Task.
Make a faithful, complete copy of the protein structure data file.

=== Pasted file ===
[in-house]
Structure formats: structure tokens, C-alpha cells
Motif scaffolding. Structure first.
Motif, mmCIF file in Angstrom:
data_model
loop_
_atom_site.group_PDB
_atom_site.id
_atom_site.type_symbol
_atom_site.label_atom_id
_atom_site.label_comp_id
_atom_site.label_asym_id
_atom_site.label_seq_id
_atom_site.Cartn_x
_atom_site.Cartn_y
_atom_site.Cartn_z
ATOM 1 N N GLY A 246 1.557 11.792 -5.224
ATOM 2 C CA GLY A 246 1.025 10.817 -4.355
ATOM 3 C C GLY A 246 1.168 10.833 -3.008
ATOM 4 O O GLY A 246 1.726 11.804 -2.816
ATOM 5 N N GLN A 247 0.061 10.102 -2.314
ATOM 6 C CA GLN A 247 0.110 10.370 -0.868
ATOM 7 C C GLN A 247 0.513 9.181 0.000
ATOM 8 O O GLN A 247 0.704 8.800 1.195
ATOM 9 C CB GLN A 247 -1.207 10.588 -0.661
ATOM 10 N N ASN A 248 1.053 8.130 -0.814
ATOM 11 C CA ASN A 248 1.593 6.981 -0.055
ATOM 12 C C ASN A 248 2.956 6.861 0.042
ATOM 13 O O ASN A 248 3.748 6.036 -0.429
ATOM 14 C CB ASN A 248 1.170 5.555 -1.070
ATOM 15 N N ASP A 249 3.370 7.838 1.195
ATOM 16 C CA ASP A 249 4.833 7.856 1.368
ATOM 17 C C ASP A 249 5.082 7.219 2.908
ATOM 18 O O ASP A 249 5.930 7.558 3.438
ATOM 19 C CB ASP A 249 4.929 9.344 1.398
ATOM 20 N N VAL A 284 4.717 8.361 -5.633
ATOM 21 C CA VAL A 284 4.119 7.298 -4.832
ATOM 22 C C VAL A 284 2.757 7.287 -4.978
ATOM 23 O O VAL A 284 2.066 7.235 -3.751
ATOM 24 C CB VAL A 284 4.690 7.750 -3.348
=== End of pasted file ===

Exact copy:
[in-house]
Structure formats: structure tokens, C-alpha cells
Motif scaffolding. Structure first.
Motif, mmCIF file in Angstrom:
data_model
loop_
_atom_site.group_PDB
_atom_site.id
_atom_site.type_symbol
_atom_site.label_atom_id
_atom_site.label_comp_id
_atom_site.label_asym_id
_atom_site.label_seq_id
_atom_site.Cartn_x
_atom_site.Cartn_y
_atom_site.Cartn_z
ATOM 1 N N GLY A 246 1.557 11.792 -5.224
ATOM 2 C CA GLY A 246 1.025 10.817 -4.355
ATOM 3 C C GLY A 246 1.168 10.833 -3.008
ATOM 4 O O GLY A 246 1.726 11.804 -2.816
ATOM 5 N N GLN A 247 0.061 10.102 -2.314
ATOM 6 C CA GLN A 247 0.110 10.370 -0.868
ATOM 7 C C GLN A 247 0.513 9.181 0.000
ATOM 8 O O GLN A 247 0.704 8.800 1.195
ATOM 9 C CB GLN A 247 -1.207 10.588 -0.661
ATOM 10 N N ASN A 248 1.053 8.130 -0.814
ATOM 11 C CA ASN A 248 1.593 6.981 -0.055
ATOM 12 C C ASN A 248 2.956 6.861 0.042
ATOM 13 O O ASN A 248 3.748 6.036 -0.429
ATOM 14 C CB ASN A 248 1.170 5.555 -1.070
ATOM 15 N N ASP A 249 3.370 7.838 1.195
ATOM 16 C CA ASP A 249 4.833 7.856 1.368
ATOM 17 C C ASP A 249 5.082 7.219 2.908
ATOM 18 O O ASP A 249 5.930 7.558 3.438
ATOM 19 C CB ASP A 249 4.929 9.344 1.398
ATOM 20 N N VAL A 284 4.717 8.361 -5.633
ATOM 21 C CA VAL A 284 4.119 7.298 -4.832
ATOM 22 C C VAL A 284 2.757 7.287 -4.978
ATOM 23 O O VAL A 284 2.066 7.235 -3.751
ATOM 24 C CB VAL A 284 4.690 7.750 -3.348